UND Today

University of North Dakota’s Official News Source

A scholarship letter to change a future

Jill Goodman learned she had earned a full-tuition ride to UND the night before she was due at Montana State

A scholarship from the North Dakota University System changed Jill Goodman’s college plans. This semester, she is a freshman at the University of North Dakota instead of at a university some 800 miles further west. Photo by Dima Williams/UND Today.

One evening in late August, a letter made Jill Goodman’s best-laid plan for her college education go awry, at least for a time.

Goodman, a Grand Forks native and a Red River High School graduate, was packing her belongings and piling them in the car for a 12-hour drive the next day. She was headed to Montana State University in Bozeman.

“I’m from Grand Forks,” she said. “So initially, I wanted to just get away. That’s common.”

Montana State seemed a good choice to Goodman, an option linked to family history. It is a school in the foothills of Yellowstone National Park, where Goodman’s parents met during summer jobs.

Years later, the Goodmans would venture to the area for the kind of vacations that inspired Jill to pursue wildlife biology – following in the footsteps of one of her sisters.

“We really love the national parks and being outside,” Goodman said. “I’d like to do work where I can do that. My ideal career would be as a naturalist in one of the national parks, where I would teach about wildlife.”

Moreover, Goodman had secured several scholarships to attend Montana State. They would not have been enough to cover all of her expenses, but they would have reduced some of the financial pressure of attending an out-of-state university.

A late, stressful surprise

Then came that letter.

It had arrived early on what was to be Goodman’s last day in Grand Forks before the start of her freshman year in Montana. She did not open the letter until late in the evening.

“I’m moving my stuff in the car and my mom goes, ‘Oh hey, there’s a letter here for you from the North Dakota University System,’” Goodman said.

The envelope contained great news, which, nonetheless, was quite nerve-wracking for Goodman. She had to rethink her whole plan for the future in a mere several hours.

Goodman had received a full-tuition scholarship from NDUS on the condition she attended one of North Dakota’s higher-education institutions.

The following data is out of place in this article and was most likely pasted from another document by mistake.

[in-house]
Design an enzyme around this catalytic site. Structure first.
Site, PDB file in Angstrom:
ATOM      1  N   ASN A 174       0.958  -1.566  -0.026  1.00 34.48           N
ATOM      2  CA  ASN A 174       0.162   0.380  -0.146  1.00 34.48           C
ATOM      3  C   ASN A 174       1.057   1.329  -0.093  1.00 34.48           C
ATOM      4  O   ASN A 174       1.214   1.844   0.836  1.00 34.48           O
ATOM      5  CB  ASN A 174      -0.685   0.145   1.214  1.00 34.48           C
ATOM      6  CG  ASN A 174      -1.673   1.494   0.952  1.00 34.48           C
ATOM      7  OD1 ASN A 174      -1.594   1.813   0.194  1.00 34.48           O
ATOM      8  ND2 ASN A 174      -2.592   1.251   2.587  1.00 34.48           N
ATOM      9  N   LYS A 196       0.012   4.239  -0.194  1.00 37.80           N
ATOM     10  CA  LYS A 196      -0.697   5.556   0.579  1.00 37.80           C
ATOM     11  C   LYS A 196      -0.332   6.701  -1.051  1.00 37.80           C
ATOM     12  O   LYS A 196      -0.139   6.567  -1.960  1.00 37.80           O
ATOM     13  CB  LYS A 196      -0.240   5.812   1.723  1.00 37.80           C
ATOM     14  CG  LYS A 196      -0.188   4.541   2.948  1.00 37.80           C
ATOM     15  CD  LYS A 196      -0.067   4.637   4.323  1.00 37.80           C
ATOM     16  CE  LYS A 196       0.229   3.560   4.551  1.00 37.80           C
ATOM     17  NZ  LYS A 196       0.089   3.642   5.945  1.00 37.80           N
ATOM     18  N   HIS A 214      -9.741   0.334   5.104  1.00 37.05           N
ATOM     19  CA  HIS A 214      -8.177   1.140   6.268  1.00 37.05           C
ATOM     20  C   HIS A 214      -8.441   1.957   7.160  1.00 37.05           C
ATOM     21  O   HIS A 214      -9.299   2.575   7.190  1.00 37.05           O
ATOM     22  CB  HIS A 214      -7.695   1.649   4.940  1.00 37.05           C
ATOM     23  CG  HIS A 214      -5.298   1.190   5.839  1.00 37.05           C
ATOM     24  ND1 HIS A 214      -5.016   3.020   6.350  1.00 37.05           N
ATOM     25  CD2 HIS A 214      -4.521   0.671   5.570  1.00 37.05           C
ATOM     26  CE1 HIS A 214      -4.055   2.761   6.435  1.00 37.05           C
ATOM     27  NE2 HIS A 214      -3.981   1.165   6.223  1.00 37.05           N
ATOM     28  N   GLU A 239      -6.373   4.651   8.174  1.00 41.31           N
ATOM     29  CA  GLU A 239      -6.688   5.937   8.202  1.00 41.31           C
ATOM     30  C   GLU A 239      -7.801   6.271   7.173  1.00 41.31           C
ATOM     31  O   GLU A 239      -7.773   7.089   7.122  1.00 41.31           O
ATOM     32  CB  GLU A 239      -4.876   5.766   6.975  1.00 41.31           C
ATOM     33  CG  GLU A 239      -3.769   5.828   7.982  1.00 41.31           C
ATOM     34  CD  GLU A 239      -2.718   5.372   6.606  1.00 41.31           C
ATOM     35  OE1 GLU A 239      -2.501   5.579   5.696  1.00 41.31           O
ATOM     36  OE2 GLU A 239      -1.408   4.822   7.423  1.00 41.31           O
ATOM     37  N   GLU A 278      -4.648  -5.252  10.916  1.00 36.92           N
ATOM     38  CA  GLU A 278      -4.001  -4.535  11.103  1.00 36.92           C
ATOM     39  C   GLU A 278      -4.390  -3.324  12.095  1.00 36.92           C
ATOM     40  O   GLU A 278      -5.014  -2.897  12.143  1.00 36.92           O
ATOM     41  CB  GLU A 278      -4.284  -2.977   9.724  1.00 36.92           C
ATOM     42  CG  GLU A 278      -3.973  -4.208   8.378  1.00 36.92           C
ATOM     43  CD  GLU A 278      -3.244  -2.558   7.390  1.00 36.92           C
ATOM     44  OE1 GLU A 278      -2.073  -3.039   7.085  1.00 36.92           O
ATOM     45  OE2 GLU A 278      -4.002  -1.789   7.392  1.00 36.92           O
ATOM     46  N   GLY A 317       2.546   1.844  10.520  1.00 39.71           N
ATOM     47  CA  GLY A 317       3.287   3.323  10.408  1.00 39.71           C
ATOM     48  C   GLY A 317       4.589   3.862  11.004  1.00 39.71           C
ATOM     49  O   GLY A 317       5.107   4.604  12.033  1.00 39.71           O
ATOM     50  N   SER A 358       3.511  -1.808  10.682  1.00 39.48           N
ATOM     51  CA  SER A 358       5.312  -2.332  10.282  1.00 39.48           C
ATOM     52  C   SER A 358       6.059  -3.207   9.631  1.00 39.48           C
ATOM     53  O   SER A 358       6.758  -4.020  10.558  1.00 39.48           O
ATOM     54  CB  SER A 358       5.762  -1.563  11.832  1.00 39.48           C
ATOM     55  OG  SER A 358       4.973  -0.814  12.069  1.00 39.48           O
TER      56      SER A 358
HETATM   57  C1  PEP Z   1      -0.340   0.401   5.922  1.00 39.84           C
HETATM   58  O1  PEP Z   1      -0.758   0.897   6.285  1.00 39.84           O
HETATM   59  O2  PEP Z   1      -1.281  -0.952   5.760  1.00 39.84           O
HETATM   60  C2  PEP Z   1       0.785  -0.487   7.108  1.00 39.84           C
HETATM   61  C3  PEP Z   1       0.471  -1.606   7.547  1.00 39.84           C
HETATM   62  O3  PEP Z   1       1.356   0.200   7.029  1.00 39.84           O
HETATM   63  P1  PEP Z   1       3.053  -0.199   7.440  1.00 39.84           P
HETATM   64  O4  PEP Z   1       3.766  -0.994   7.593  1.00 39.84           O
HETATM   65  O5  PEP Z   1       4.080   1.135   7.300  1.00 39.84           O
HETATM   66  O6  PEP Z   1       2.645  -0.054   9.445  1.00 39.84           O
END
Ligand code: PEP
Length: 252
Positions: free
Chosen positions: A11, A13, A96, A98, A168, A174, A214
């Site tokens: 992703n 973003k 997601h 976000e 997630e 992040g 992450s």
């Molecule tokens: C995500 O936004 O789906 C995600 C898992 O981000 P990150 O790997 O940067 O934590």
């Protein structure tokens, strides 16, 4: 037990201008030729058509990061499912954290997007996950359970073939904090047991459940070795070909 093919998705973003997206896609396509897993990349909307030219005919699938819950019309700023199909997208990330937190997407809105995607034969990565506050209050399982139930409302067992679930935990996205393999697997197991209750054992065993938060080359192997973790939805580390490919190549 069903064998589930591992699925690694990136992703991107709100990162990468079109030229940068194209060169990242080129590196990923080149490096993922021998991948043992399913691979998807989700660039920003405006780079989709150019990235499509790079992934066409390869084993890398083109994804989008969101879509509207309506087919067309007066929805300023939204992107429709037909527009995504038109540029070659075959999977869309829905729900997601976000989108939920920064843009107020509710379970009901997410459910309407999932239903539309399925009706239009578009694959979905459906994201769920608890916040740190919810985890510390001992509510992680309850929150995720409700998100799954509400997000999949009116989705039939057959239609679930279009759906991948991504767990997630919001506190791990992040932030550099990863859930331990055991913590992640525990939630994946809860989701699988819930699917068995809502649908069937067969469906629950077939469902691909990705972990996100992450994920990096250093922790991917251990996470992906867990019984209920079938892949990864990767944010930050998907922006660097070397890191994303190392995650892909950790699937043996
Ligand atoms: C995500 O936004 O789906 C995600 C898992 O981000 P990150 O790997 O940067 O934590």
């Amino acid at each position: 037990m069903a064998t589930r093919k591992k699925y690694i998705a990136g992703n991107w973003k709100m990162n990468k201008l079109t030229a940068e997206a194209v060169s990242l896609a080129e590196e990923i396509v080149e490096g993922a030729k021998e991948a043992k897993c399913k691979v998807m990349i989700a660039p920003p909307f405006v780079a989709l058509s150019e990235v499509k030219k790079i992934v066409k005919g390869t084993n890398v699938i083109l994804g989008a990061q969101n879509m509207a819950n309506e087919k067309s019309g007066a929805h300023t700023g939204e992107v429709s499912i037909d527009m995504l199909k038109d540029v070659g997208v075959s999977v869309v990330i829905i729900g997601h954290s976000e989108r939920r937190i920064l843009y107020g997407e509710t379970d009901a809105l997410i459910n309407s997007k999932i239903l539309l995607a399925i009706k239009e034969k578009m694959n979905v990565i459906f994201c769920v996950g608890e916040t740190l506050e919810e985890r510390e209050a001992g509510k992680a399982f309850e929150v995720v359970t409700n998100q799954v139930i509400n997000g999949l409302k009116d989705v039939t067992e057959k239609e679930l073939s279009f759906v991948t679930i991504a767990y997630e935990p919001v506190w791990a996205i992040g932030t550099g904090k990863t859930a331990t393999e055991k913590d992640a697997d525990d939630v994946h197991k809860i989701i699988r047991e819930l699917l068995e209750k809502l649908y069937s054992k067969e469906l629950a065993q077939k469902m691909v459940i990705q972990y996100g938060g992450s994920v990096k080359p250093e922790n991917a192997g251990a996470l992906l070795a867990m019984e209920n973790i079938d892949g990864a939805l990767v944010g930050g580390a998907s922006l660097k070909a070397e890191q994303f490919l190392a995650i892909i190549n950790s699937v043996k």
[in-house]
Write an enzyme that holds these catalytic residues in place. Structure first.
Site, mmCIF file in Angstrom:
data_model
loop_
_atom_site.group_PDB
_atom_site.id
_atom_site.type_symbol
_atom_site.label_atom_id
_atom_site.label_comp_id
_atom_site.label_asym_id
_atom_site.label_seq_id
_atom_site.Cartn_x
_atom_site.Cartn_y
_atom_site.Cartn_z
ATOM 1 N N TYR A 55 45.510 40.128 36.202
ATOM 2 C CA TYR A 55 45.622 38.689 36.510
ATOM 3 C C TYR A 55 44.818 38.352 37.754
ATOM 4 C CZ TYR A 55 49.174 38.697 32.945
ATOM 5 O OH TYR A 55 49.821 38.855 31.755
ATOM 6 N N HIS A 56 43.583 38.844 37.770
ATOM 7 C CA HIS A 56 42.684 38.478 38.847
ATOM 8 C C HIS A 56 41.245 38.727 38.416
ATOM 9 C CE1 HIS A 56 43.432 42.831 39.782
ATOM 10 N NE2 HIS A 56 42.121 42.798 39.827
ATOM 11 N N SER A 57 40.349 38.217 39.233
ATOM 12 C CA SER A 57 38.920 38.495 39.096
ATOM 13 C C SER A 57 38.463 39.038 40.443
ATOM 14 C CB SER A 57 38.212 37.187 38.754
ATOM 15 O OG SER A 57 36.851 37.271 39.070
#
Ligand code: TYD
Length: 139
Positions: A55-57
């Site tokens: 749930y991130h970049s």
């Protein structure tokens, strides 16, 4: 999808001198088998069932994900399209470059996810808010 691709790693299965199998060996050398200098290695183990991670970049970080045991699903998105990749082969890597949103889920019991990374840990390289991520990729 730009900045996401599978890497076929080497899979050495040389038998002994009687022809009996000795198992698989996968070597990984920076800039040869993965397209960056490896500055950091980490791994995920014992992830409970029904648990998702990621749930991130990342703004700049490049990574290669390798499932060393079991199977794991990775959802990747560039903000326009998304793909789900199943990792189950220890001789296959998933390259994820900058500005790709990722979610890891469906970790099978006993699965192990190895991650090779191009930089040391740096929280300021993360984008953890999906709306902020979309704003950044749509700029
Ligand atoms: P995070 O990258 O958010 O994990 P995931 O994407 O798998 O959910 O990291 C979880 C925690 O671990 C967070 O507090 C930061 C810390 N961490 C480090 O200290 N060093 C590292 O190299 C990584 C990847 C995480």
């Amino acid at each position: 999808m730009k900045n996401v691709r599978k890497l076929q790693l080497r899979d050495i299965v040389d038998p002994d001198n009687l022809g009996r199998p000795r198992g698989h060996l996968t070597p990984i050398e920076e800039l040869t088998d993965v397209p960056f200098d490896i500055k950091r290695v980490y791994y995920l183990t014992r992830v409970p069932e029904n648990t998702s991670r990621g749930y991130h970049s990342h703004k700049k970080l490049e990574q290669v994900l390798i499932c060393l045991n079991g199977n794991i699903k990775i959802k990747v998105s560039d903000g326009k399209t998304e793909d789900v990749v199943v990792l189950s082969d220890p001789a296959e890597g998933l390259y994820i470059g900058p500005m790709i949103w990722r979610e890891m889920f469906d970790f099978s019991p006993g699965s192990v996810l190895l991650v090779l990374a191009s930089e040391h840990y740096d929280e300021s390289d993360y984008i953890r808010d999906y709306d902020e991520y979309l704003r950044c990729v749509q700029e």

“It was a lot to take in,” she said. “I had that night to decide. It was really stressful. I called on my friends and was like, ‘What should I do?’”

Her peers, some of whom were going to the University of North Dakota, tried not to sway her decision. Her parents did the same, simply affirming their unflinching support for whatever Goodman opted to do.

Goodman chose UND.

“I chose UND over North Dakota State University or any of North Dakota’s other colleges and universities due to its wildlife biology program,” Goodman said. “Even when I was planning on attending Montana State University I knew that UND offered a strong wildlife biology program, but I chose Montana for its location.

“After receiving the scholarship, although I still wanted to leave Grand Forks, I couldn’t ignore the program at UND. A family friend, who is a national director for Ducks Unlimited, spoke highly of the program and its heads, and that had me convinced. After that, the decision was easy.”

Goodman made her mind to attend UND on a Saturday. So, Sunday was another whole day for Goodman to agonize over accepting the scholarship and figuring out how to enroll a week before classes began at UND. Then came Monday, and she had to act.

“I had applied to UND in the spring,” Goodman said. “I was admitted, and I just never canceled my application because, I guess, I didn’t realize I was supposed to. So my application was still open.”

While most students may take a summer to select courses and secure a dorm room before setting foot on campus, Goodman had a week. But with the help of UND admissions and core advisors, it all worked out.

“I feel fortunate that I was able to get everything done in that week,” Goodman said.

Early focus on the future

On Aug. 26, the first day of the fall semester, Goodman was a freshman at UND. She is now taking classes such as Introduction to Biology, English, Ceramics, Introduction to Wildlife Biology and Spanish (her Spanish-teacher mom pushed her to take this one).

Goodman, who lives in the residence halls in order to truly immerse herself in college life, is also a member of the Wildlife Society club at UND.

She might be barely halfway through her first year at UND, but she is already thinking about a summer internship, one that would nudge her closer to her goals in her chosen field. In early November, she attended a networking event in Fargo, seeking opportunities.

“I don’t know yet, specifically, what I should do this summer to better prepare myself” for a career in wildlife biology, Goodman said.

But she seems to already be ahead of the curve, finding good counsel from her older sister, who recently graduated from the College of St. Benedict with a degree in biology.

“I definitely go to her for advice,” Goodman said. “I ask her about what job I should take this summer. It’s also kind of fun right now, even though she’s graduated, she’s also looking for experience like I am. So, we get to talk about that.”

Wherever Goodman may end up for the summer, she appears quite glad that this year, a letter arrived just in the nick of time to keep her in Grand Forks.